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Monday, July 02, 2007

Song of a Valiant Woman: 1

By serendipity I have just found and purchased The Song of a Valiant Woman: Studies in the Interpretation of Proverbs 31:10-31, by Al Wolter. The brief review for this book says,
    This superb academic text examines in detail the history of the interpretation of the woman in Proverbs 31. It also provides ground breaking form critical, philological and Christian worldview studies on the 'Valiant Woman'.
It is an extremely far-ranging book encompassing trends in biblical interpretation over 2000 years. It is neither a feminist treatise nor a simplistic study on how to be a good wife - although there must be some of that. It includes the study of this song as a hymn and heroic poem; it covers interpretation from the Patristics, rabbis, the Puritans and more. The "woman" is understood allegorically as a wife, the church, the Torah, Wisdom or the soul. It is just the sort of grounded historical treatment which should interest everyone. I am going to blog excerpts from this book over the next few weeks.

The subject is once again germaine to our concerns regarding how to translate Ephesians 5. As an introduction I would like to quote a feminist response to this song and an unusual Puritan response.

Denise Charmody, 1989, writes,
    In a single text, then we find the ambiguity of the heritage bequeathed women by the Hebrew Bible. Even at its moment of high praise, the Bible reflects a man's world. From the Eve created as the helpmate of Adam to the good wife who eases the life of her senatorial husband, woman is the second sex. This patriarchal view is simply not acceptable. (Wolter, page 141)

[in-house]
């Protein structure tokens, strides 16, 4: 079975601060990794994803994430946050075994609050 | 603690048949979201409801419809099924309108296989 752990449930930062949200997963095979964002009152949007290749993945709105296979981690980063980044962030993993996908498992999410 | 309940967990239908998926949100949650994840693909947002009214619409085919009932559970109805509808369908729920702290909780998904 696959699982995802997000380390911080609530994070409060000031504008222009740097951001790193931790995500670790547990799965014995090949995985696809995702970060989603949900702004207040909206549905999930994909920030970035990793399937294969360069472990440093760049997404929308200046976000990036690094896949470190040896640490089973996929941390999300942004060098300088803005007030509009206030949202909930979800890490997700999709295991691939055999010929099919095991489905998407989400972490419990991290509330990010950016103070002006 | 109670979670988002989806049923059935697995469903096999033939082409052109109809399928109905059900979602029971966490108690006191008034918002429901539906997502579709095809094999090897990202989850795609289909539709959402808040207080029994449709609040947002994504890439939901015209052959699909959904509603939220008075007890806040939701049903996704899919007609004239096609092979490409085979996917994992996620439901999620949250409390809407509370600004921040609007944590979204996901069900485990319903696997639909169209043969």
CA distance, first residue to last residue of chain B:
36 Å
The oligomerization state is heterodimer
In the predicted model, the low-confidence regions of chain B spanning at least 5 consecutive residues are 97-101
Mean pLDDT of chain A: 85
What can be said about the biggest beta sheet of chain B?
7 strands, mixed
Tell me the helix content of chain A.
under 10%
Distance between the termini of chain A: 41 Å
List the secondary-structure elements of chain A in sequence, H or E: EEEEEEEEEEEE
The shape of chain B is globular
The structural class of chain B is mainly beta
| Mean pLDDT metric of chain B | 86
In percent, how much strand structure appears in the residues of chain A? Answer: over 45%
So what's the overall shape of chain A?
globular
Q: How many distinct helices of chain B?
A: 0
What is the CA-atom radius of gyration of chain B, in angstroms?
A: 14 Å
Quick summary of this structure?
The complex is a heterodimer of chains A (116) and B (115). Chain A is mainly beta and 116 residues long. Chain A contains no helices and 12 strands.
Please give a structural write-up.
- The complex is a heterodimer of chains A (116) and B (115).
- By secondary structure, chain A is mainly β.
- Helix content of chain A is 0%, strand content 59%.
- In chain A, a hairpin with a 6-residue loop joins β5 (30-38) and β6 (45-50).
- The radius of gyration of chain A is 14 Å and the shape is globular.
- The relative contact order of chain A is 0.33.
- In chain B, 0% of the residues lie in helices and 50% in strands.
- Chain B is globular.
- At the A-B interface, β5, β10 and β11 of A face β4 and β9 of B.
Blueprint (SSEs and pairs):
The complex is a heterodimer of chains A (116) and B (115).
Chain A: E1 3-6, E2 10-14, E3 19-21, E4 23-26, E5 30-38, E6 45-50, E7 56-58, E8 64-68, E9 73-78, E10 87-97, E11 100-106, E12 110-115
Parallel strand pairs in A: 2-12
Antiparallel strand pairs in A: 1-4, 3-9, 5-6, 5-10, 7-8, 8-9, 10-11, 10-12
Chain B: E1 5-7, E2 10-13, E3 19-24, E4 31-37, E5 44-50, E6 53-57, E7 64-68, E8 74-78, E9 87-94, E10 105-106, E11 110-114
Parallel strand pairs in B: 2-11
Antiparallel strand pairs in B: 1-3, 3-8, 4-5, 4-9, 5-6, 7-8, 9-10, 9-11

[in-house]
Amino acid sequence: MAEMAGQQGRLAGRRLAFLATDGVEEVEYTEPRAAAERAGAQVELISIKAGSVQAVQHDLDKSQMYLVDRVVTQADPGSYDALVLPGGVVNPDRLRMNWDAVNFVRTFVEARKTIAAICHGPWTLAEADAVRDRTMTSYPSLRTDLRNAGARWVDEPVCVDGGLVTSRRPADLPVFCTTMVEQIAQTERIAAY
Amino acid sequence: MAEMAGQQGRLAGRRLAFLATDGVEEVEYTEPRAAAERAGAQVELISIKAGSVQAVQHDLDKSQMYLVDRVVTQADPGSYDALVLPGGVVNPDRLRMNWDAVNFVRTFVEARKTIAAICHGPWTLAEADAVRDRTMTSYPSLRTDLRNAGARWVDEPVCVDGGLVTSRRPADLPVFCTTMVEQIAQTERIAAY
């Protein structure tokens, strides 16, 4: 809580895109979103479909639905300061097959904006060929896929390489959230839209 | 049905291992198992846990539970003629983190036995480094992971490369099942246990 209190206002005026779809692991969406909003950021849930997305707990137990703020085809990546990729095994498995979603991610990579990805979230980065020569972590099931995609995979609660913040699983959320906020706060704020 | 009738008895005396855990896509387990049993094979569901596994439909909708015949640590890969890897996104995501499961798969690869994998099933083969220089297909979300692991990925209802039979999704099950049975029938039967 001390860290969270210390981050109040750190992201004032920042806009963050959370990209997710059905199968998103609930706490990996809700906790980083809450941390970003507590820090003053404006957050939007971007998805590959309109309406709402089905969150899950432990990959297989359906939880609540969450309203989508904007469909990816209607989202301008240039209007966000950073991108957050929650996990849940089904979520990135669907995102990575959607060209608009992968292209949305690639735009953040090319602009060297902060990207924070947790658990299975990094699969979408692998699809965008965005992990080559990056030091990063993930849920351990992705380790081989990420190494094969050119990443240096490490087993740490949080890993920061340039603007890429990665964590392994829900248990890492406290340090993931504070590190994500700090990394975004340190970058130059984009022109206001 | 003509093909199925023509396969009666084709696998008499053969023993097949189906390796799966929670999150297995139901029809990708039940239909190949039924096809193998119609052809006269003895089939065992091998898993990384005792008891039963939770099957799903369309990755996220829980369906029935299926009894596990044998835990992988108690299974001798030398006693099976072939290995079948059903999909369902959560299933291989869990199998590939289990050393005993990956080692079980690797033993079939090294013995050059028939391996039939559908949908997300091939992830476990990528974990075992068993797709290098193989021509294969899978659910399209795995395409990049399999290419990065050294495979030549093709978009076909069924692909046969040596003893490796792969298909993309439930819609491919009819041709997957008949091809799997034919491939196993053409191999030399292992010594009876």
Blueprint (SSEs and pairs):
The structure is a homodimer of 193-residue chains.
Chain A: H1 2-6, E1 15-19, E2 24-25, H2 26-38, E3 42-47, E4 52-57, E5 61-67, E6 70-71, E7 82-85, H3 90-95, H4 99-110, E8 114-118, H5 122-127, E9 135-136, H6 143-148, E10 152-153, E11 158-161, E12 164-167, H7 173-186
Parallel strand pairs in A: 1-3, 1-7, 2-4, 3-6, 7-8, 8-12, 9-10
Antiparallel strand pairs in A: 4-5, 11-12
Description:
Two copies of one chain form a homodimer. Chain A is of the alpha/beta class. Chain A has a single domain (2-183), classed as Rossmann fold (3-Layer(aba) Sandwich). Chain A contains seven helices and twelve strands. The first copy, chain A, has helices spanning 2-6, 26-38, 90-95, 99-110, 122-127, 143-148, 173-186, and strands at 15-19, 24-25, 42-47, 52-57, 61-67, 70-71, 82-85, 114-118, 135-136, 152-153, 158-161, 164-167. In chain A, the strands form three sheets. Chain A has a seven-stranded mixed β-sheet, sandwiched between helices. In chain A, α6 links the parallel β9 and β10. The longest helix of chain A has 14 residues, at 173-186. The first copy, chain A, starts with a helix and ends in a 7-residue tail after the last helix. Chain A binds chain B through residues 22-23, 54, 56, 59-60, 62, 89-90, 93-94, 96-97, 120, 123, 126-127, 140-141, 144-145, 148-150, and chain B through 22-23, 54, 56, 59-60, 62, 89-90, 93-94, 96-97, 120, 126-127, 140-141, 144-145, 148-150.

However, here is how Wolter describes the interpretation by the Puritan theologian Thomas Cartwright (1535-1603),
    A point which distinguishes Cartwright's treatment of the Song from that of most others is his concern to apply it to men as well as women. ... After commenting in connection with verse 11, that the Valiant Woman should take care never to appear unchaste, Cartwright adds: 'This same point is also to be applied to the duty of the husband toward the wife.' Or again, after stating in connection with verse 12 that the wife should do good to the husband whatever his age, health or wealth, Cartwright adds 'These things must be performed also by the husband for the wife.' (Wolter, page 123)
Here is the irony, that a feminist would reject the text because the wife is seen as the auxiliary of the husband, but a Puritan finds reciprocity and mutuality of relations in this passage. The role of women in the narratives and songs of the Hebrew scriptures may be seen as that of a valiant and benevolent reciprocal partner, rather than as person under authority and a net beneficiary of male strength.



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